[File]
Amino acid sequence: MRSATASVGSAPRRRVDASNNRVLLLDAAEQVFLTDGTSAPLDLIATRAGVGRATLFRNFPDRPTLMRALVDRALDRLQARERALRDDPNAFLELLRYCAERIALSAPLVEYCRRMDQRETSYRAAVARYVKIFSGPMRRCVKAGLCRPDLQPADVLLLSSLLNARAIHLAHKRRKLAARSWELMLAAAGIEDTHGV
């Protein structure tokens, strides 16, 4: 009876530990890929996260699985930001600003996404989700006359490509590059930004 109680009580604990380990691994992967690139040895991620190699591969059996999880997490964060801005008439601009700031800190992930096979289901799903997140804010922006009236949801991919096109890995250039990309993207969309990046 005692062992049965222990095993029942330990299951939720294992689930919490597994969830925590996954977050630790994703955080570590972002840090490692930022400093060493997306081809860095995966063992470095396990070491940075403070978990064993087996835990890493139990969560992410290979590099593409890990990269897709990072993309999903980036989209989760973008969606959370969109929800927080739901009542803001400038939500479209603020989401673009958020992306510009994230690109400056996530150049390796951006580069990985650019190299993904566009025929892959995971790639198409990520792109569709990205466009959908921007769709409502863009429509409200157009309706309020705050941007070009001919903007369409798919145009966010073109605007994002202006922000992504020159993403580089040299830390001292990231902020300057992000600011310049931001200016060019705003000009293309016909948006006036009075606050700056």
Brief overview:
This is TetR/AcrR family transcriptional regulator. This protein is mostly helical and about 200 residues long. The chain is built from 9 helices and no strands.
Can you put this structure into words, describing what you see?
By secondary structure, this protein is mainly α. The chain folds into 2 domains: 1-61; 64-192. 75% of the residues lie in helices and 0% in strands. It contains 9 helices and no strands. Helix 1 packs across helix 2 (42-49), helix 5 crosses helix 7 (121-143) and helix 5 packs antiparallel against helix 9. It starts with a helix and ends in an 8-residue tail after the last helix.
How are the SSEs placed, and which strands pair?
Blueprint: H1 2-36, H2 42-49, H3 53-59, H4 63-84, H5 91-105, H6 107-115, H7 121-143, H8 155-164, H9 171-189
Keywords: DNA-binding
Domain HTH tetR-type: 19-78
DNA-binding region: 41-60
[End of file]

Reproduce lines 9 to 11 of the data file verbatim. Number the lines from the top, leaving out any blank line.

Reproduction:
Keywords: DNA-binding
Domain HTH tetR-type: 19-78
DNA-binding region: 41-60